Wherfore the Romans who imploied all their care to gouerne their howses in good order, committed their wiues in their absence to tutors onely, (as Cicero witnesseth) because of the infirmitie of their natures, Pro Mi [...]a contrary to the practise of some of our best Citizens, vvho make their vviues not onely tutors of their men seruaunts to directe them in their businesse, but ouer­rulers of themselues, more like children then men. Clean contrary to the doctrine of Paule, 1. Cor. 14. who laboring to bring vs to soundnes of faith and perfection in god­linesse, commandeth vvomen to keepe silence in the presence of their husbands and assemblies of men, and the reason is, because the impotency, yt is, the affectiōs of their minds are altogether departed frō tēperancy & moderation, and therefore wil neither permit thē to v­surp ye place of a teacher, to reason or dispute in any as­sembly, to be present at ye election of magistrates or to [Page 148]speake their minds in anie company, if their husbands be present.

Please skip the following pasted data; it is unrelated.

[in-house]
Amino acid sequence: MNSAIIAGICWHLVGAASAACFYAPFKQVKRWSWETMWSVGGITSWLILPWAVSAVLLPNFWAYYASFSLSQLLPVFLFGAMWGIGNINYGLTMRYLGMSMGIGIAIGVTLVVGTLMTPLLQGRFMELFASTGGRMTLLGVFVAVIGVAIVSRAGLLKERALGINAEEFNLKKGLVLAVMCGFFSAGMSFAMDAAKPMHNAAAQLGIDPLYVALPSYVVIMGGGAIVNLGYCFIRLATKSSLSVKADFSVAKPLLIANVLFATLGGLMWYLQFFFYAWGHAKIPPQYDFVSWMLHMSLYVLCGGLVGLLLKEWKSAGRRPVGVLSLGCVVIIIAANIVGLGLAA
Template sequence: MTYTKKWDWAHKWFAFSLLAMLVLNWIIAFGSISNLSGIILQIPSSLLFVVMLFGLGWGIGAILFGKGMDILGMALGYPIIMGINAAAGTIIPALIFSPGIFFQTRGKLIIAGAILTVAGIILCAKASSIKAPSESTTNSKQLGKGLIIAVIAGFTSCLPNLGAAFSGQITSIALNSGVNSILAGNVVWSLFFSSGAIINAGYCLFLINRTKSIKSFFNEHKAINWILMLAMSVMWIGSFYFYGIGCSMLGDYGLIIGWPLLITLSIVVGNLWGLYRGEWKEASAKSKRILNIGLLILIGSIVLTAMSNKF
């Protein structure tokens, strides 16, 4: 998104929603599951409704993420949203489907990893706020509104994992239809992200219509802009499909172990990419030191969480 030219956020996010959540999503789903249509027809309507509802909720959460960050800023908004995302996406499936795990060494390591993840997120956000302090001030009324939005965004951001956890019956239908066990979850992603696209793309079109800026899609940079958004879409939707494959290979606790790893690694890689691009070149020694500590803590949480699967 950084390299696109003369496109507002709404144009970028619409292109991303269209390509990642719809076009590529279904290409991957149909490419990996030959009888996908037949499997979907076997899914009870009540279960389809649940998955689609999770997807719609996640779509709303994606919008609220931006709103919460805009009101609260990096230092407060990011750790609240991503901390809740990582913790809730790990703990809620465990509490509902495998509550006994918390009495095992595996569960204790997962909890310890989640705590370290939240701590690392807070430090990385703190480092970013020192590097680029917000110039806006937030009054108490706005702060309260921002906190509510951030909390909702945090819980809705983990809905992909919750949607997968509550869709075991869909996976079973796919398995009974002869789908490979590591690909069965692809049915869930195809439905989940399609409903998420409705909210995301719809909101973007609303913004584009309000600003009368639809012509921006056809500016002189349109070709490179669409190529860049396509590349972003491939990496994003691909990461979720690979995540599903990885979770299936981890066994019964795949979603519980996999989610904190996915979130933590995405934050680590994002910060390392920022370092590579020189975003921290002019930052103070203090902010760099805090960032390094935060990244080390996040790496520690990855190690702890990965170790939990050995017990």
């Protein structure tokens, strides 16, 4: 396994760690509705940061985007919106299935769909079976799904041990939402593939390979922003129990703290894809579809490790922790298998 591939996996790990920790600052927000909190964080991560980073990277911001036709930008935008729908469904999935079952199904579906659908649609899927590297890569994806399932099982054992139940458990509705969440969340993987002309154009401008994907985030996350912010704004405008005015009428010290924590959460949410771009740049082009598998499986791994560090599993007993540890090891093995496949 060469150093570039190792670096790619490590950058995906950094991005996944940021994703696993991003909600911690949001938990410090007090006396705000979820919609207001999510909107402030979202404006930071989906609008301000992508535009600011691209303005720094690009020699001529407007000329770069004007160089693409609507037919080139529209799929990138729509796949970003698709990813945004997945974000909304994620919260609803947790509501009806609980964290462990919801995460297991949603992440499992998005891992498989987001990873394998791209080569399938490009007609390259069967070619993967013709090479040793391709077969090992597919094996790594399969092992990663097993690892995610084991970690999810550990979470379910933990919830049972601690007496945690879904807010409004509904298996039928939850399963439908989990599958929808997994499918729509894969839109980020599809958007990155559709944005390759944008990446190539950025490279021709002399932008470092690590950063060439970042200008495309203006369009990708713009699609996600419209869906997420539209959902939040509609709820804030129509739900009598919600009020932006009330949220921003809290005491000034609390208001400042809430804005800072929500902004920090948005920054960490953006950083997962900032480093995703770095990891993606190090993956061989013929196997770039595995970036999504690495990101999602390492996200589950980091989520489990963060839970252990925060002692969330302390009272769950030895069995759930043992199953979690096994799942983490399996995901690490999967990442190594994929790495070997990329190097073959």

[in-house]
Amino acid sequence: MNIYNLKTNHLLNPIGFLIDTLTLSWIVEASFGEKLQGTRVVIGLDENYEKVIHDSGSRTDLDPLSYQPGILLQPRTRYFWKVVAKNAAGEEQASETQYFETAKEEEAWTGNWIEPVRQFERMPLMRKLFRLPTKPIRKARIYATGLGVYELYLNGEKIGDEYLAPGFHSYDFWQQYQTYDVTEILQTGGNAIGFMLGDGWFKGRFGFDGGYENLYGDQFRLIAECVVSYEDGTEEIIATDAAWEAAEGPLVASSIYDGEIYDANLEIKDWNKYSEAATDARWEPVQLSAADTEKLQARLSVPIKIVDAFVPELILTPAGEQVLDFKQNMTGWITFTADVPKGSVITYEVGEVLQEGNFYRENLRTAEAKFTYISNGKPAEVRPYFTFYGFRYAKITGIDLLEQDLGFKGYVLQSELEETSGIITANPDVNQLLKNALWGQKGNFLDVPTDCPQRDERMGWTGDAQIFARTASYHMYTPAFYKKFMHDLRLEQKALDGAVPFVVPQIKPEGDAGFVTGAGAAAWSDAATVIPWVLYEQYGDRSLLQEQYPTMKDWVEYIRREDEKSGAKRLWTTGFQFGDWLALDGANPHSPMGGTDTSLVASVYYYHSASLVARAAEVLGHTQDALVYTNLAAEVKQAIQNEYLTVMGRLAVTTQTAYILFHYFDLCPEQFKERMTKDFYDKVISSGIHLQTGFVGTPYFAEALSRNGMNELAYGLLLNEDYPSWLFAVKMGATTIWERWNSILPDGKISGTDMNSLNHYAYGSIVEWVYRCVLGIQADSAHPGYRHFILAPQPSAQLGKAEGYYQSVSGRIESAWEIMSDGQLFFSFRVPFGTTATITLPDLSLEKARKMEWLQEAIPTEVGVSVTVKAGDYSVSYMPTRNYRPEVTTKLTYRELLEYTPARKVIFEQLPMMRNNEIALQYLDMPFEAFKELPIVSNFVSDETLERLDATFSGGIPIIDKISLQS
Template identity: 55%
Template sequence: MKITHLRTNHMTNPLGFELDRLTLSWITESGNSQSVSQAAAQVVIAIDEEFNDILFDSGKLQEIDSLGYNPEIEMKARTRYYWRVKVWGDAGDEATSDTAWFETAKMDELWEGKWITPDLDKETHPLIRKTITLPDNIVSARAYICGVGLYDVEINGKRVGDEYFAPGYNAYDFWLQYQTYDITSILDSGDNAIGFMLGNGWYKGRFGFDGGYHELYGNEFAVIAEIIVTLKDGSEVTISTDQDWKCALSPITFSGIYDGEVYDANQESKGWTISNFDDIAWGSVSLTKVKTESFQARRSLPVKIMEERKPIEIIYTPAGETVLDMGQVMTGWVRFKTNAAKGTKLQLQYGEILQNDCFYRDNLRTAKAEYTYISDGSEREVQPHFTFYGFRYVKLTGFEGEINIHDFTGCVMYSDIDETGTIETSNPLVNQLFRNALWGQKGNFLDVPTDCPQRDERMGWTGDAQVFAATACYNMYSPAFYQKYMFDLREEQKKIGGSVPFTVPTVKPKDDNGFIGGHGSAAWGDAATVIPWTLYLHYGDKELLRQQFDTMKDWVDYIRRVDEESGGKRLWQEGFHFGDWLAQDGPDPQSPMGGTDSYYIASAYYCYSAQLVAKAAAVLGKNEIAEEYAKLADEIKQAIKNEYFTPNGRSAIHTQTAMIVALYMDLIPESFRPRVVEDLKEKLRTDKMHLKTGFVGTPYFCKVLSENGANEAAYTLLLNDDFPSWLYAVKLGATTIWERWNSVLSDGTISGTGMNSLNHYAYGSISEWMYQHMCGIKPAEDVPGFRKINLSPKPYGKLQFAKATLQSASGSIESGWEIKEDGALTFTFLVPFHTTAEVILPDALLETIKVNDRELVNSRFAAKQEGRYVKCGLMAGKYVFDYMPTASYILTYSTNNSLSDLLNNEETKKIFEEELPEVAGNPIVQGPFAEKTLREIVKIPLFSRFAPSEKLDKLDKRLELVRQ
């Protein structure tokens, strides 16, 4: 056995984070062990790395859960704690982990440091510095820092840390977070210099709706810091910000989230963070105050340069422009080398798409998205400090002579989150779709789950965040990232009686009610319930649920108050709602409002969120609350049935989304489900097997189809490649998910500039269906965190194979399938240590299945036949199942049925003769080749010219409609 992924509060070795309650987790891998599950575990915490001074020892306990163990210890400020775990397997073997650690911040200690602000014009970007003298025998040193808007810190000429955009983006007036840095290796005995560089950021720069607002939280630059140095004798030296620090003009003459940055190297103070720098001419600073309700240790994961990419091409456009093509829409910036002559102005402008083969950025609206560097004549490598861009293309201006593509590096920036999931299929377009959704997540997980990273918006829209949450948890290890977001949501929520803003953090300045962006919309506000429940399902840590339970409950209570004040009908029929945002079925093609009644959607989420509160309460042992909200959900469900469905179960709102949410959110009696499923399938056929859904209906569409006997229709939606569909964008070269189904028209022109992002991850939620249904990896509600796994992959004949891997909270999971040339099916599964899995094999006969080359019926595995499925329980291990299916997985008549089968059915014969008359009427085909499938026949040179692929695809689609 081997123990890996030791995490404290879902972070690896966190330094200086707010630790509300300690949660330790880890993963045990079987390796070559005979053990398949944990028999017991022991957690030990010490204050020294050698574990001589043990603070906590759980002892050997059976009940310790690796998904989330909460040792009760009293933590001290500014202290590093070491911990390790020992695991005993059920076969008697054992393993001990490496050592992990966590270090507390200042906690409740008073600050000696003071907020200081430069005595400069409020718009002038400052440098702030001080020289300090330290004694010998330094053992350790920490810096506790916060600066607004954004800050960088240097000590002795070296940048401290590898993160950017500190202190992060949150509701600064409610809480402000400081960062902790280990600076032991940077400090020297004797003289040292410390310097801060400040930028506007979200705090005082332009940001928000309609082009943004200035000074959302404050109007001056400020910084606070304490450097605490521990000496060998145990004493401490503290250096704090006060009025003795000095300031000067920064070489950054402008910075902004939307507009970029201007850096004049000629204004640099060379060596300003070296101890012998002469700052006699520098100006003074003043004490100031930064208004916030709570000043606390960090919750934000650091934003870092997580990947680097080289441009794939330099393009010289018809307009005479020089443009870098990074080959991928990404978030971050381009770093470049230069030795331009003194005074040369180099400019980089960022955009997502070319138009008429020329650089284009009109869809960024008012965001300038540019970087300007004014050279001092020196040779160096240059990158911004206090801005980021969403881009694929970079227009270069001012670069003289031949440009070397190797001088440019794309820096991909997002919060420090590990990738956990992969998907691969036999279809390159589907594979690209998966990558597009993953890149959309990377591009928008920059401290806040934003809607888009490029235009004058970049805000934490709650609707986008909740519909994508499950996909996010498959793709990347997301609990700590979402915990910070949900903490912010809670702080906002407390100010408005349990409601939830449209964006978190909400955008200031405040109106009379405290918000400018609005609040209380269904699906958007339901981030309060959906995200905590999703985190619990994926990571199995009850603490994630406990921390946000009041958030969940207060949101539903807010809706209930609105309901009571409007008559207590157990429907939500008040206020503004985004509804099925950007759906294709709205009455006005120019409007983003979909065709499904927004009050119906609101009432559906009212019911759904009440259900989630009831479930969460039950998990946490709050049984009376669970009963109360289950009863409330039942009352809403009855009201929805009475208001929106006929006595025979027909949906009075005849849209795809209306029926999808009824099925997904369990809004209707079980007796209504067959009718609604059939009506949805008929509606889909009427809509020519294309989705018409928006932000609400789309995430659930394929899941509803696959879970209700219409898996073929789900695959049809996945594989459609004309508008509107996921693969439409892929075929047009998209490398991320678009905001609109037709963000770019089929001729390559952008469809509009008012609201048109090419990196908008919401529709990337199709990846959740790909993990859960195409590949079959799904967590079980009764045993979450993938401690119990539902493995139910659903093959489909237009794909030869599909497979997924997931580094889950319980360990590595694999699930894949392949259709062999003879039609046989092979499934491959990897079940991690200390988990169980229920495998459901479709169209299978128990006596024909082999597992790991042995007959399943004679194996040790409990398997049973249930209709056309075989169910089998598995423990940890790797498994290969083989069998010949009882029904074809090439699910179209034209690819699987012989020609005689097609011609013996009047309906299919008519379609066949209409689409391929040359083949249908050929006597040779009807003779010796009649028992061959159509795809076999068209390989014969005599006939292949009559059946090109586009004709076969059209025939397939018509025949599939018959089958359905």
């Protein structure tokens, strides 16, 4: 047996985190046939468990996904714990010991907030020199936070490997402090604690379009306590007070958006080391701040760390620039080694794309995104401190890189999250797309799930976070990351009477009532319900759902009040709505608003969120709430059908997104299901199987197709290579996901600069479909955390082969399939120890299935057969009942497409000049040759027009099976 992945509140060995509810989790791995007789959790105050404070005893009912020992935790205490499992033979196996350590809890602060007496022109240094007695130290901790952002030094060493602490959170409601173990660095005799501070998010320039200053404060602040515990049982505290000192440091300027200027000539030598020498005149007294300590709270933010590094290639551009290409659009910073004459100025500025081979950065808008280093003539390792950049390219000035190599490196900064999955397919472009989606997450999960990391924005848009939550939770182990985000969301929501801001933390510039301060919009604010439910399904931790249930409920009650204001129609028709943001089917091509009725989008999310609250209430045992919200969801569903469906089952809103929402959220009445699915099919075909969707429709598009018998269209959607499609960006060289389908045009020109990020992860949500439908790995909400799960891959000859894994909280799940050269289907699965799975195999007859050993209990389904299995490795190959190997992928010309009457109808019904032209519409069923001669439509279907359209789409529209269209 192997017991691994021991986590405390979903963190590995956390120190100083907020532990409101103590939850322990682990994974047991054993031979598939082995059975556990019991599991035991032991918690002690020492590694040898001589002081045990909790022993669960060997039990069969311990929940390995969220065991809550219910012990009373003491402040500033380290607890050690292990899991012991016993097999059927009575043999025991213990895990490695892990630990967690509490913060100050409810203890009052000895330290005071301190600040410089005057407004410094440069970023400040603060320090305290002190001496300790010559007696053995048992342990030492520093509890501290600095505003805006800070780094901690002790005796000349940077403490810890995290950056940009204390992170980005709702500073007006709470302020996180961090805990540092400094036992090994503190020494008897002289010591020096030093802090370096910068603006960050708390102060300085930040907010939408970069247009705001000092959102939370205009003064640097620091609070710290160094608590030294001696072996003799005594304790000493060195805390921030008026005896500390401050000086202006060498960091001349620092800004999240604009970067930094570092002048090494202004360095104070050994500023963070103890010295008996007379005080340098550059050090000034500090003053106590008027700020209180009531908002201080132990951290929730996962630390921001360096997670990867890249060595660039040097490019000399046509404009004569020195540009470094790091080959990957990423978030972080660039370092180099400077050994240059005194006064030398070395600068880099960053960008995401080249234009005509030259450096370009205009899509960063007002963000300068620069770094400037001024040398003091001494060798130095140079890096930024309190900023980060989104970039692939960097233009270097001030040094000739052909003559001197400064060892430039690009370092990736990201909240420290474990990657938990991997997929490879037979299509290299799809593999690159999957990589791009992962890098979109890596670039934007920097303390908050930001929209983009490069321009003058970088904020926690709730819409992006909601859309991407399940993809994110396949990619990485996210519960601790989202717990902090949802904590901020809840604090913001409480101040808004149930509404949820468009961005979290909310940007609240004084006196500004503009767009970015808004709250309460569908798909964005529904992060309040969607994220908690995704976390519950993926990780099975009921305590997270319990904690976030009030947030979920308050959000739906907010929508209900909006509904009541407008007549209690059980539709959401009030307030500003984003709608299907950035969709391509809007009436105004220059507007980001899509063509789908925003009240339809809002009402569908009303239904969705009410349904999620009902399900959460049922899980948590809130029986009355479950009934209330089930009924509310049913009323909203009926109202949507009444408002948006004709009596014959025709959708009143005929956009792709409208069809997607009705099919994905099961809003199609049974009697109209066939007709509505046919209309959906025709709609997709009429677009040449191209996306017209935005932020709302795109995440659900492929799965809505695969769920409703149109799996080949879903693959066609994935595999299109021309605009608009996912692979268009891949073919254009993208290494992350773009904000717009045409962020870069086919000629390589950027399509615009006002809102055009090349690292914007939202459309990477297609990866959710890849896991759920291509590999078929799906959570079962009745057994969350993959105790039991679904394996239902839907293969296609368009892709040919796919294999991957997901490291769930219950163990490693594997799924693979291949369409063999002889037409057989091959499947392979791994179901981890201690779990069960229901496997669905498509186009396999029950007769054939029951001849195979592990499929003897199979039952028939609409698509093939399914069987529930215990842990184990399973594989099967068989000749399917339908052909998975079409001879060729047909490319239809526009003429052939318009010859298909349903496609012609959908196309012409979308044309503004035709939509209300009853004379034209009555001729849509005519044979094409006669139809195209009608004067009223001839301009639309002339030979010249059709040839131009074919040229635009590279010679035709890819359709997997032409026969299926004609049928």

Moreouer, such and so great is the imperfection, frailty, and weakenesse of a womans nature, that Plato not without great reproch to the pride of some of that sexe, doth almost deny them to haue any minde, or to be any way worthy the names of women. And yet least those that are vertuous in deed should be vnworthely scorned for the faultes of the vicious, 1 Cor. 11 Paule in another place prouiding for the safty of houshold affaires doth with a fatherlie care incite vs to honour and highly e­steeme of those that are vertuous, because such are al­most of the same nature and worthinesse that men are of themselues, and almost partakers of the same bene­fits that man doth inioy, onely (to put hir in minde of hir obedience) she was taken out of man by God, who was the maker of them both, Genes. 2 that as man is the glorie and image of God, as the Apostle witnesseth, so the woman should be the glory of the man. For man was not made of the woman, but the woman of the man, and man was not made for the womans sake, but the woman for the mans sake, Ephes. 5 and yet neither the man without the woman, nor the woman without the man in the Lorde, who so ruleth the order of all thinges that he wil haue the woman to be obedient to the man though proude gossippes presume to resist his power. Colos. 3 For as the woman was of the man, so the man is by the vvoman in the acte of begettinge and bryng­ing foorth children. So that both vvaies is shewed an assisting societie, a mutuall helpe, loue, consent and agreement between them. 1 Peter. Cap. 3 Where Peter thought it meete that as Women ought to bee obedient to their husbands, so on the other side husbands should [Page 149]be liberall and easilie intreated towardes their wiues, as knowing them to be the weaker vessell, not onelie pardoning simple faults and forgiuing light offences, but also winking at and saying nothing to some open and manifest errors. For it is not meete that a manne should be more cruell then is needful vnto so vveake a creature, nor bee ouer imperious or too bitter, to so sencelesse a sexe, especiallie if they continue in their duties in any good sort, and permit not themselues to transgresse the bounds of chastitie by playing the har­lots. Which reproch and discredit, albeit it more an­ger a man when he knowes it, then it can any way hurt him though he see or perceiue it, yet shal the vvoman neuer cleare her selfe of infamie and dishonor, nor heal her wound again so long as she liues. And yet if such a chance happen, that their furde gownes should lack a little poking (as it is reported they somtimes say they doe) yet christian charitie and their husbandes loue, should not be too rigorous and inexorable towardes them, because reconciliation and remission is in the power of God, who is wont to be appeased with prai­er and repentance, though he bee prouoked to anger by wickednesse, vngodlinesse and idolatrie, pardoning the faults of the forepassed life, so soone as a repentant minde doth despise and detest his wickednes and constantlie intendeth to liue better hereafter.